August 21, 2020
Pitts Carr and Alex Weatherby
The Difference Between Acquired and Traumatic Brain Injuries
Brain injuries are no laughing matter. The emotional toll that a traumatic brain injury can have on a family or individual is incalculable, while the physical and financial toll can be equally burdensome.
The question of what is the difference between acquired and traumatic brain injury is a very common one, but the answer might surprise you. In fact, traumatic brain injuries (TBI) are actually a specific type of acquired brain injury.
The Brain Injury Association of America divides brain injuries between two overall categories: acquired and non-acquired. An acquired brain injury is one that occurs after someone is born, while a non-acquired brain injury is one that someone is born with or that occurs during birth. Typically, congenital factors or degenerative disease cause non-acquired brain injuries. On the other hand, a large number of different sources can cause acquired brain injuries.
Traumatic vs Non-Traumatic Brain Injuries
Generally, an acquired brain injury falls into one of two categories: traumatic or non-traumatic. The key difference between the two categories of acquired brain injuries is whether the cause is internal or external.
Non-Traumatic Brain Injuries
Internal factors cause non-traumatic brain injuries. Typically, non-traumatic brain injury causes include:
- Near-drowning experiences,
- Drug overdoses,
- Exposure to poisonous gas such as carbon monoxide,
- Seizures, and
- Electric shocks.
Very often a non-traumatic or internal brain injury is the result of decreased or non-existent oxygen flow to the brain due to one of the noted causes.
Traumatic Brain Injuries (TBI)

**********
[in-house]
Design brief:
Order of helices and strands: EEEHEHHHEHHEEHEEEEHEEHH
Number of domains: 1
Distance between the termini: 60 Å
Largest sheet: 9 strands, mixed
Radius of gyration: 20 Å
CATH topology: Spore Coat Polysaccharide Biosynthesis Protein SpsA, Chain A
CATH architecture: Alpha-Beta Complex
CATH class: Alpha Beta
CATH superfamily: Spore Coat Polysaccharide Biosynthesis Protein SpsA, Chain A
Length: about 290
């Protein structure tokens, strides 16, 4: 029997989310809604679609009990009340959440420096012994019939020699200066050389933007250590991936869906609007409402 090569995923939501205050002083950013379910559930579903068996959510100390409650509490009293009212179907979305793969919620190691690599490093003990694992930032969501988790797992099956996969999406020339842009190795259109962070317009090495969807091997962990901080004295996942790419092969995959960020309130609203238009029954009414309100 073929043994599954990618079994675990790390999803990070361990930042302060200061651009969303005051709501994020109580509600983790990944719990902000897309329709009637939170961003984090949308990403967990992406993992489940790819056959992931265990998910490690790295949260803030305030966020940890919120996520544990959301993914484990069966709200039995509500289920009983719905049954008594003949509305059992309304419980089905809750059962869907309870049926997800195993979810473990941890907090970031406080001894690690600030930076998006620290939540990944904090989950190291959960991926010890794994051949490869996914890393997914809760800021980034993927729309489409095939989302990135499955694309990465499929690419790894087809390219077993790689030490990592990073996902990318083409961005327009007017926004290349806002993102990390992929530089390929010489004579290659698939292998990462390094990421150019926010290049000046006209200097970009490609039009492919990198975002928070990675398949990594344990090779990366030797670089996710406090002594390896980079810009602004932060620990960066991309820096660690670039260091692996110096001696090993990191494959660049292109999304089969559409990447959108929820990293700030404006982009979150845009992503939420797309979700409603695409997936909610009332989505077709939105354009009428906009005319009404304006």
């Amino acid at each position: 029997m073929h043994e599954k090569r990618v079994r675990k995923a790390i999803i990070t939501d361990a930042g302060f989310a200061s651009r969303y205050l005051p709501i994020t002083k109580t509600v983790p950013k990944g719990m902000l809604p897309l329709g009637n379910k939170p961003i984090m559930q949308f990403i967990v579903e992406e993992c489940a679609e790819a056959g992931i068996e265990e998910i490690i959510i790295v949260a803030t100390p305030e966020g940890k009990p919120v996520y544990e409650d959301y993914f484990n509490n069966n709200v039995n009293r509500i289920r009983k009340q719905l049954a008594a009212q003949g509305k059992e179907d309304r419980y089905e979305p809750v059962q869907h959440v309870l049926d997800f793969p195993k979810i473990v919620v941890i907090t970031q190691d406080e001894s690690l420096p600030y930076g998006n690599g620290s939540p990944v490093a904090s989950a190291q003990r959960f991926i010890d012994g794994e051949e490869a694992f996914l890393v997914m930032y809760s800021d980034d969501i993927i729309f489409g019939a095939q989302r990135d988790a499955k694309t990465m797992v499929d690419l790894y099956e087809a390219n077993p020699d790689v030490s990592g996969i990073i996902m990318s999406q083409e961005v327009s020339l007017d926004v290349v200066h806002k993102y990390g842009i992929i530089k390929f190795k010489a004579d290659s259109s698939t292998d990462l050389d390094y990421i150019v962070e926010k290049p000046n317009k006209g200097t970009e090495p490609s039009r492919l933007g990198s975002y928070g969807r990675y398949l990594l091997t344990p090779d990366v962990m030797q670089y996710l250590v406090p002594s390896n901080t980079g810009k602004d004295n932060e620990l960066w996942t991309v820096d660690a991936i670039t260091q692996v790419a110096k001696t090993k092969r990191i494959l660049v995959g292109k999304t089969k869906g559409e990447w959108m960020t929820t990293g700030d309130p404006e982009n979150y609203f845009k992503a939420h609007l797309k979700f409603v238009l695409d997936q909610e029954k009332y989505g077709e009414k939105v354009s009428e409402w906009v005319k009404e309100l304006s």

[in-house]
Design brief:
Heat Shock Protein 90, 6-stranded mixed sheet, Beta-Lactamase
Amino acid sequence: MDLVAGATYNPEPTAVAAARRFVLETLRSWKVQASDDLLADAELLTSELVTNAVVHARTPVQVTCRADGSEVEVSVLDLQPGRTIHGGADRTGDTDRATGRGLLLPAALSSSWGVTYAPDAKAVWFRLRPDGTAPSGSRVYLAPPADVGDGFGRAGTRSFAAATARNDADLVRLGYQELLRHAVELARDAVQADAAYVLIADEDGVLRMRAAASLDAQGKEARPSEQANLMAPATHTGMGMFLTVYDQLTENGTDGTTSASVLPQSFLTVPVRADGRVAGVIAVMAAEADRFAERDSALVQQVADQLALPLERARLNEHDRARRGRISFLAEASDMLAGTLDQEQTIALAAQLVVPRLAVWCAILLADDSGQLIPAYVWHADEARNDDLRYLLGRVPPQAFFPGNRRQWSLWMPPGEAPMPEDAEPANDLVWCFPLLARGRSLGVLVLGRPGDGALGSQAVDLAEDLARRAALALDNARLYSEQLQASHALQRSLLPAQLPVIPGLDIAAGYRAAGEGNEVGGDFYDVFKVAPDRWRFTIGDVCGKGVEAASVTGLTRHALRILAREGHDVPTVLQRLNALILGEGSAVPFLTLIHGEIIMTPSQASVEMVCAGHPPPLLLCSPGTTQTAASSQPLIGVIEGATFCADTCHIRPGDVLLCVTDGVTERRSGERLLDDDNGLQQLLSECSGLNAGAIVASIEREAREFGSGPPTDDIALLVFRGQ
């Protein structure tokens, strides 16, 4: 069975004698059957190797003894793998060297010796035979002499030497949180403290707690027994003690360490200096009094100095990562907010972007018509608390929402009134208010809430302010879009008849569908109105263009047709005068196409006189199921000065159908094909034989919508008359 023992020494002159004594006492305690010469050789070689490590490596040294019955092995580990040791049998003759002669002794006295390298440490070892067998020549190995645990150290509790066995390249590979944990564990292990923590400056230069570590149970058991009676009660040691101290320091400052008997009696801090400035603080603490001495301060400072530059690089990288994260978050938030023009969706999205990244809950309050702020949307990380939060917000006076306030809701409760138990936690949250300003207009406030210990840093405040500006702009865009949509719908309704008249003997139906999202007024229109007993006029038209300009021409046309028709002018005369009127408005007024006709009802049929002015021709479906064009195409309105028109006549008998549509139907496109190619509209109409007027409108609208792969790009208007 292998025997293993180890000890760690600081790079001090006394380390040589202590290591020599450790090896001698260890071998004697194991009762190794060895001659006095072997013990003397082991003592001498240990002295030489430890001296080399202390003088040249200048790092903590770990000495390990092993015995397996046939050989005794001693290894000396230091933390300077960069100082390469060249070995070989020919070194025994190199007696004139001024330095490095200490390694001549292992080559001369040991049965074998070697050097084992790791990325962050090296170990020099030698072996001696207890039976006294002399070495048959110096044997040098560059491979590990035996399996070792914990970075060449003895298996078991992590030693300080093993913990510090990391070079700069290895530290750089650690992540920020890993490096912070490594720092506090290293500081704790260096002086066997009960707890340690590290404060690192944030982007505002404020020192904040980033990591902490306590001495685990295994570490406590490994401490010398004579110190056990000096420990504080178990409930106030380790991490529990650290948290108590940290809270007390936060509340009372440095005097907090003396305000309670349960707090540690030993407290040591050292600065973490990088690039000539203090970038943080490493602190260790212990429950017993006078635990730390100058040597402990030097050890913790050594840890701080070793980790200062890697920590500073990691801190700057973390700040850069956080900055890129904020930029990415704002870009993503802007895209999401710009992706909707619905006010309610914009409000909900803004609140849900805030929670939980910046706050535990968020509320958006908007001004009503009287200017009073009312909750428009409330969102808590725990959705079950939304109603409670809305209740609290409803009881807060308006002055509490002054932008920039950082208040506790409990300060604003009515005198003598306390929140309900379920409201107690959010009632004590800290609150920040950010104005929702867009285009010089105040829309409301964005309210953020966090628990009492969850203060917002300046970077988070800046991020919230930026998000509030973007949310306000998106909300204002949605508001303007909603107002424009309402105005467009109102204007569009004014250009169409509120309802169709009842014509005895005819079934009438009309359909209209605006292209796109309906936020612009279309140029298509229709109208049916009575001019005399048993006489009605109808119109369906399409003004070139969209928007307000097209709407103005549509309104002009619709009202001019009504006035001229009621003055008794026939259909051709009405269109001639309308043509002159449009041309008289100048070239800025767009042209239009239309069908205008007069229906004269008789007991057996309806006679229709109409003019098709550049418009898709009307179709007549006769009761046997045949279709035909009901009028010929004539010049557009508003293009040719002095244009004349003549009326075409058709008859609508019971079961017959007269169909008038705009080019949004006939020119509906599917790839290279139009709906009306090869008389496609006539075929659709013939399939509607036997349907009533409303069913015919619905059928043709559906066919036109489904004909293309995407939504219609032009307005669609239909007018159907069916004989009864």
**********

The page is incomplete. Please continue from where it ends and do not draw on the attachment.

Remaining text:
On the other side of acquired brain injuries are traumatic brain injuries (TBI). External factors cause traumatic brain injuries. Federal law defines a TBI as “an acquired injury to the brain caused by an external physical force, resulting in total or partial functional disability or psychosocial impairment, or both.” Traumatic brain injuries, including concussions, can be caused in many different ways, including:
- Automobile accidents,
- Sports injuries,
- Slipping and falling,
- Explosions, and
- Child abuse (shaken baby syndrome).
According to the Centers for Disease Control and Prevention (CDC), falls are by far the leading cause of traumatic brain injury in America at (48%), followed by being struck by or against an object (17%). Both of these categories themselves can arise out of many different incidents that can occur in our normal day-to-day activities, such as:
- Being hit in the head by a ball in sports practice;
- Being struck by a vehicle while crossing the street;
- Slipping on ice on the sidewalk;
- Slipping on a wet floor at the supermarket; and
- Tripping over an obstruction at work.
These are all events that can occur in our daily routines without doing anything out of the ordinary. These daily routines, however, can be permanently changed by a traumatic brain injury. Furthermore, the cost of these injuries is huge. Traumatic brain injuries cost Georgians an estimated $1.5 billion annually in lost wages lost and medical costs.
Serious and Rare
TBIs are some of the most serious injuries that patients, and lawyers, deal with. The vast majority of trauma does not result in a TBI. Because it is rare, it is important to contact someone with experience.
Contact Our Team Today
If you or a loved one has suffered any type of brain injury, the team at Carr & Weatherby is here to help. We understand how difficult it is to suffer a brain injury or to watch a family member suffer. We aim to ease that suffering with legal advocacy founded on principles of integrity, honor, and efficiency. Here at Carr & Weatherby, we pride ourselves on caring for our clients as if they are part of our family. We have specific trial experience with brain injuries, and our practice focuses on personal injury specifically. With our expertise, attention to detail, and compassionate approach, we can help you through this life-altering event. Contact us today.